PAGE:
Salford soap opera creates yet more questions


Our attempt to put the 2012 annus horribilis behind us didn’t last long did it? After months of speculation, Salford joined the Crusaders, Wakefield and Bradford in the growing list of financial failings under the franchising system. Its groundhog day. Again. And again. 

This must bring in to question the franchising system and the viability of professional rugby league in Britain. But are the RFL ready for this debate? It would seem not. Nigel Wood’s head has been in the sand for so long now, the tide has come in. Apparently our game is in rude health. This is because Rugby League is the second most popular sport on Sky Sports. Yet these viewing figures have little impact on the state of our game. Just like viewing figures for the X Factor don’t affect the state of the music industry. The only joy we get from Rugby League these days, is the endorsement of our sport by footballers on twitter. A picture of Wayne Rooney holding the World Cup became a major news story.

Salford’s decline is an even bigger soap opera than the X Factor. Starting with the mad appointment of Matt Parish (remember him?) who was promised the earth, and was given Stephen Wild on a free. As the big clubs creamed off England internationals (Myler, Ratchford et al), Salford suffered the debacle of the final game at The Willows. Remember their opening game at their brand spanking new ground? No not the defeat against Leigh. The grand opening against the mighty Castleford. The snow almost stopped it before it had begun. I think the rugby gods were trying to tell us something. The only bit of good news so far for their supporters is the reported signing of Martin Gleeson, who will be pairing up with his old mate Sean Long. What could possibly go wrong?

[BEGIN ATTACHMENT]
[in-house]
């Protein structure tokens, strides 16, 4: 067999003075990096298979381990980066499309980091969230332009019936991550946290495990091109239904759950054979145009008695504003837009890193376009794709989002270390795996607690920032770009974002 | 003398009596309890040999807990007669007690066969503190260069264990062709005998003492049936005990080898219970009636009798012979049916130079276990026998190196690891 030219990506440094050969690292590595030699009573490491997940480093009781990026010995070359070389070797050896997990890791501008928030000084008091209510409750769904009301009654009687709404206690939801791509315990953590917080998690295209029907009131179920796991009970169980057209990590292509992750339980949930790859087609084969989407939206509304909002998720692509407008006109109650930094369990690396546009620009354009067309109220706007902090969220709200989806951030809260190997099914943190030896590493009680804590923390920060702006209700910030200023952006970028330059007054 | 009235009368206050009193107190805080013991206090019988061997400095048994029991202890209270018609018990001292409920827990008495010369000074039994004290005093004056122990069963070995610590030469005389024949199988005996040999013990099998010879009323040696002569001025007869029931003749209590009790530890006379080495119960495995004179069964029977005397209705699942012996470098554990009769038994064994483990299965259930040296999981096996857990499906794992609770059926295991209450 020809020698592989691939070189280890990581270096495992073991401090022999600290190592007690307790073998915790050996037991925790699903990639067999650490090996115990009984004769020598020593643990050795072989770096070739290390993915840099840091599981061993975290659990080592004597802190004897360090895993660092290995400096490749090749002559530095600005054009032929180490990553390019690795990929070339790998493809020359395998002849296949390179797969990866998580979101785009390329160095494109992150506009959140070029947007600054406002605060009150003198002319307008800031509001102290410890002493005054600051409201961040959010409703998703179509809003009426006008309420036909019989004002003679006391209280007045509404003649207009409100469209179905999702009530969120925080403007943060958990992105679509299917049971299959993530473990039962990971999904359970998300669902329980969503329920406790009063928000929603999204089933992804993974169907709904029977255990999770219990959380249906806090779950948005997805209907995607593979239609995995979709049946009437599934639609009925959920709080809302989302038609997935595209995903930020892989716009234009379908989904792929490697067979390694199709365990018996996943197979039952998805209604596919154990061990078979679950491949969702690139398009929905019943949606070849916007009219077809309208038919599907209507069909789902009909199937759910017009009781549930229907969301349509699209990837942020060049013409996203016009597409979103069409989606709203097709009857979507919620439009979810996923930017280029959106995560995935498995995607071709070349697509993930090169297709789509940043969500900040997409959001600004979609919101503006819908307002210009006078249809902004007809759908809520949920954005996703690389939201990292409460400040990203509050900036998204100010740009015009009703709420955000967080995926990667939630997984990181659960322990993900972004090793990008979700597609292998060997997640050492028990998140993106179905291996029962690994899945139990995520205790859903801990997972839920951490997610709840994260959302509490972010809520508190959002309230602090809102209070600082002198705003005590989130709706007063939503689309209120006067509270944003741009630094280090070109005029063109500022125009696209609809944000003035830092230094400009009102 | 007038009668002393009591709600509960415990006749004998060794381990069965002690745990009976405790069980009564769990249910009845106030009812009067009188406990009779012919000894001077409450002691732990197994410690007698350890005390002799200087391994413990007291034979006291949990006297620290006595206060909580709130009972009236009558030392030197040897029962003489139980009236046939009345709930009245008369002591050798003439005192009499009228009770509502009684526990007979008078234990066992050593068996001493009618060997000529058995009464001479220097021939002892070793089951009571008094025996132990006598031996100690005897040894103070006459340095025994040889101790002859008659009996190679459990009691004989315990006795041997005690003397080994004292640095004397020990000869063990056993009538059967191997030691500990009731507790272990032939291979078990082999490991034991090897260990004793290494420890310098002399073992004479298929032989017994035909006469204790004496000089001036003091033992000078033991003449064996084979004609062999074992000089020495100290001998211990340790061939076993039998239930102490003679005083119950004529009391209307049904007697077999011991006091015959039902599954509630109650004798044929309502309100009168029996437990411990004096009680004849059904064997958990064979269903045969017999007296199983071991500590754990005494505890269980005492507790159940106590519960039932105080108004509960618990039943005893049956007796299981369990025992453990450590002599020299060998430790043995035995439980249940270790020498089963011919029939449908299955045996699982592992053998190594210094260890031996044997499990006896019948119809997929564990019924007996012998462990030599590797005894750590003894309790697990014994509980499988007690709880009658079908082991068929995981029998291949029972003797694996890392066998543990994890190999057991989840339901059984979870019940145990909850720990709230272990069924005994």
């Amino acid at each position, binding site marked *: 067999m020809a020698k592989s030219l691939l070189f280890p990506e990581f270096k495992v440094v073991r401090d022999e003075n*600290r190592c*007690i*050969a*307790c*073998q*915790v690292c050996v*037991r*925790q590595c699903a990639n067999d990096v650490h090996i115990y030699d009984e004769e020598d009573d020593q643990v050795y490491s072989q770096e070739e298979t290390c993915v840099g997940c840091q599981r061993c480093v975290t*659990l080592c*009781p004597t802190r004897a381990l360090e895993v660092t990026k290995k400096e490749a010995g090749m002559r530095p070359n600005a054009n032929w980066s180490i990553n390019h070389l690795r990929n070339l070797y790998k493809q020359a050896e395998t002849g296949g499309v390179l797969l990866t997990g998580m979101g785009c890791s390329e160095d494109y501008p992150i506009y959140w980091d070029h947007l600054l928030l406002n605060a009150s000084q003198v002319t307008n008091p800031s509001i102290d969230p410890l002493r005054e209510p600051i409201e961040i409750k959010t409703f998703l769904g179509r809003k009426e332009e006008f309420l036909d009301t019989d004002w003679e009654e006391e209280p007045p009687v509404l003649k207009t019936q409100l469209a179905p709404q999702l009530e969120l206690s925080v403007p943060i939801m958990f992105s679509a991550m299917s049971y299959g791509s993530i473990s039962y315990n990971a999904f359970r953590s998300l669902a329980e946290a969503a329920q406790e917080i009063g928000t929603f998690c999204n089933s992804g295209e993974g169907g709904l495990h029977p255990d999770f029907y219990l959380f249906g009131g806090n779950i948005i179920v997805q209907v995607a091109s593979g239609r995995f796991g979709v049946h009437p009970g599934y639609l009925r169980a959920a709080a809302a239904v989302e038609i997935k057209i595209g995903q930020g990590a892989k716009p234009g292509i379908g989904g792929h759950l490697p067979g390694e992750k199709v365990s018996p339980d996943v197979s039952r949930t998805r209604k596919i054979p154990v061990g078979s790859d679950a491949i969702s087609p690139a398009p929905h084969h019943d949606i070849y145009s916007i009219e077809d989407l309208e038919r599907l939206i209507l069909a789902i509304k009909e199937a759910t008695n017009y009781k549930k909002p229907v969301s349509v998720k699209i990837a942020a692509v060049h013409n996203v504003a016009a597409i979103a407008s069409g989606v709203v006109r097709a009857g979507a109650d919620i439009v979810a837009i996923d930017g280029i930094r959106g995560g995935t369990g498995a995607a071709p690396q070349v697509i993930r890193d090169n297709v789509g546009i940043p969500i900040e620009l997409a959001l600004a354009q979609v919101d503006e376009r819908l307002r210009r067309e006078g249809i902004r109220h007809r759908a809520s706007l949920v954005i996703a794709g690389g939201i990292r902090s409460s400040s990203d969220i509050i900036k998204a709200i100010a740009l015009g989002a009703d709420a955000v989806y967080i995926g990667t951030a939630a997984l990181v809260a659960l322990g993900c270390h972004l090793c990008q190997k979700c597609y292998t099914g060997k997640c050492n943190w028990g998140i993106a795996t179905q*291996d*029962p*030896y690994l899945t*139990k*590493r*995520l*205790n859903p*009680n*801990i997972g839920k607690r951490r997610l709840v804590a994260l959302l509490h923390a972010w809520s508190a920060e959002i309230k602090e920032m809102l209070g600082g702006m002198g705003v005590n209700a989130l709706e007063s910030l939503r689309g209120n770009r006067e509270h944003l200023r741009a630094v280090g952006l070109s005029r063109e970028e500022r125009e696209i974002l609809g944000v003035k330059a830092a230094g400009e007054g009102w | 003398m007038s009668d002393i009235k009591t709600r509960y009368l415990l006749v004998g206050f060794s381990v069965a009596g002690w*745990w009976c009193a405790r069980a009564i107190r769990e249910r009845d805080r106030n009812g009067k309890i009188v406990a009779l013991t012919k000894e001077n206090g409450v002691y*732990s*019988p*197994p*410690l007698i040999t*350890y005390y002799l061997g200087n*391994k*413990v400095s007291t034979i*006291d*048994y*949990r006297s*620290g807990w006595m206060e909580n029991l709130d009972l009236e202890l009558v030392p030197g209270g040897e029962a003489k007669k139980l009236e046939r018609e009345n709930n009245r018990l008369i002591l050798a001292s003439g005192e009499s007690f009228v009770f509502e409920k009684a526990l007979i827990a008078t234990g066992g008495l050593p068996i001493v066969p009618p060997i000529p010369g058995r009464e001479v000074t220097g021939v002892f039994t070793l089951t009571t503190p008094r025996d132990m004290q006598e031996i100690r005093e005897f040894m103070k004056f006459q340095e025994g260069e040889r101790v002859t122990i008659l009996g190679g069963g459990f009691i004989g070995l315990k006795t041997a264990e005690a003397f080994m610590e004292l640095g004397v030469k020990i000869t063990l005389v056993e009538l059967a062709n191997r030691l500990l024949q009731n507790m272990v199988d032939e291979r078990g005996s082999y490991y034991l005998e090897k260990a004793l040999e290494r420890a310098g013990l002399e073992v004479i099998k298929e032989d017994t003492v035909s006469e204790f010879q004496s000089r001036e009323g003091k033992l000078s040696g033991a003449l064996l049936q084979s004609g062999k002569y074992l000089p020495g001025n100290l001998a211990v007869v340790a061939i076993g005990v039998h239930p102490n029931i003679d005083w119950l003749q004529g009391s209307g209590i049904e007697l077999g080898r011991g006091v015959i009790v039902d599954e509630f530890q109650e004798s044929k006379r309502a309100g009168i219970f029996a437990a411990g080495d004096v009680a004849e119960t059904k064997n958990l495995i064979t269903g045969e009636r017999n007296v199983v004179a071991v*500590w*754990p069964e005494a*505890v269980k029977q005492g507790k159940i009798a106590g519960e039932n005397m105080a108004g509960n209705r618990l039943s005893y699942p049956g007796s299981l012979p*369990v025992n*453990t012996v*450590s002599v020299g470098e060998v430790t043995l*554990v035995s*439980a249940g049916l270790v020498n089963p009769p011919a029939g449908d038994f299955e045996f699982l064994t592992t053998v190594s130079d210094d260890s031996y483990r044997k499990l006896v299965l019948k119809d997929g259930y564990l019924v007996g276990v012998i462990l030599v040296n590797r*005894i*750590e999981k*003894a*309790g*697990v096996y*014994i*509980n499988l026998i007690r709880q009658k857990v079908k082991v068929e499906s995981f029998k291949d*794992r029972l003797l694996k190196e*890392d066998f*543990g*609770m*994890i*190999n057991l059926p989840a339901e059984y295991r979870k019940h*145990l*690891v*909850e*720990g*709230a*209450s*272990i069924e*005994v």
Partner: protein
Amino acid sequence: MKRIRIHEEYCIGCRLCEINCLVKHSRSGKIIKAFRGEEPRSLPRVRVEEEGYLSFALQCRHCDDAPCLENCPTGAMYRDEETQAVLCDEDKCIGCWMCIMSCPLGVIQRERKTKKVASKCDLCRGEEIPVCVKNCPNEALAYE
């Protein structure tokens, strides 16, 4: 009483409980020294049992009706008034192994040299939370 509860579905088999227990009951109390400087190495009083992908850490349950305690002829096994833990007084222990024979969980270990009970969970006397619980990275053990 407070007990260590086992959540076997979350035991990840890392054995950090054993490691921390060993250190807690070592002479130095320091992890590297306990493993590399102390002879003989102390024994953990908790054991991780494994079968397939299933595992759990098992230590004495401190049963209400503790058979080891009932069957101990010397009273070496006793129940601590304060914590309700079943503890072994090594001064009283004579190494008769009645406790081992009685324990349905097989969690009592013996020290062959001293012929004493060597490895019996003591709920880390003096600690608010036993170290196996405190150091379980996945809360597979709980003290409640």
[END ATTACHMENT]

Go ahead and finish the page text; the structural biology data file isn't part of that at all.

Yet it seems, the rugby league community have exhausted all their words and energy on Bradford and cannot be bothered to save Salford. Either that or we are just getting used to the annual demise of a Super League side. Unfortunately the players are again left in the dark, But this isn’t just about salvaging a failing rugby league team. 

With an era defining World Cup on the horizon, the sport in England is in a terrible state. We have no main sponsor, no chairman and the lucrative Sport England cash is to be slashed by £10 million. If there is an Olympic bounce, we certainly aren’t feeling it. It is clear now that there is not enough quality to support 14 clubs, just as it cannot support an eight team playoff system. There must be serious questions about a breakaway between the top 10 clubs, for their own sake, and our own.

As we embark on the biggest year in our history, we have started with a bump. We are at a crossroads in our history and the evolution of our game. The feel good factor of the Olympics will happen once in our lifetime, and we have one last shot at taking our game to the masses. 

A successful World Cup and a successful England team would provide a huge shot in the arm for our game that no sponsorship could ever do. It seems the RFL have accidentally scheduled the World Cup at a great time for our country. You only have to look at the BBC Sports Personality awards to see that sport is the ‘in thing’ at the moment. If we get this right we can attract those bandwagon jumpers, the ones who have took up cycling in the wake of Bradley Wiggins’ heroics and do the ‘mobot’ on the way to work.

And so we must turn to our England heroes in waiting. Just six games, to define the future of our game. Sam Tomkins and Sir Kevin, our game rests in you lifting that trophy on a rainy night in Manchester. We can even have an open topped bus parade through the streets of Salford to celebrate. One can dream eh?


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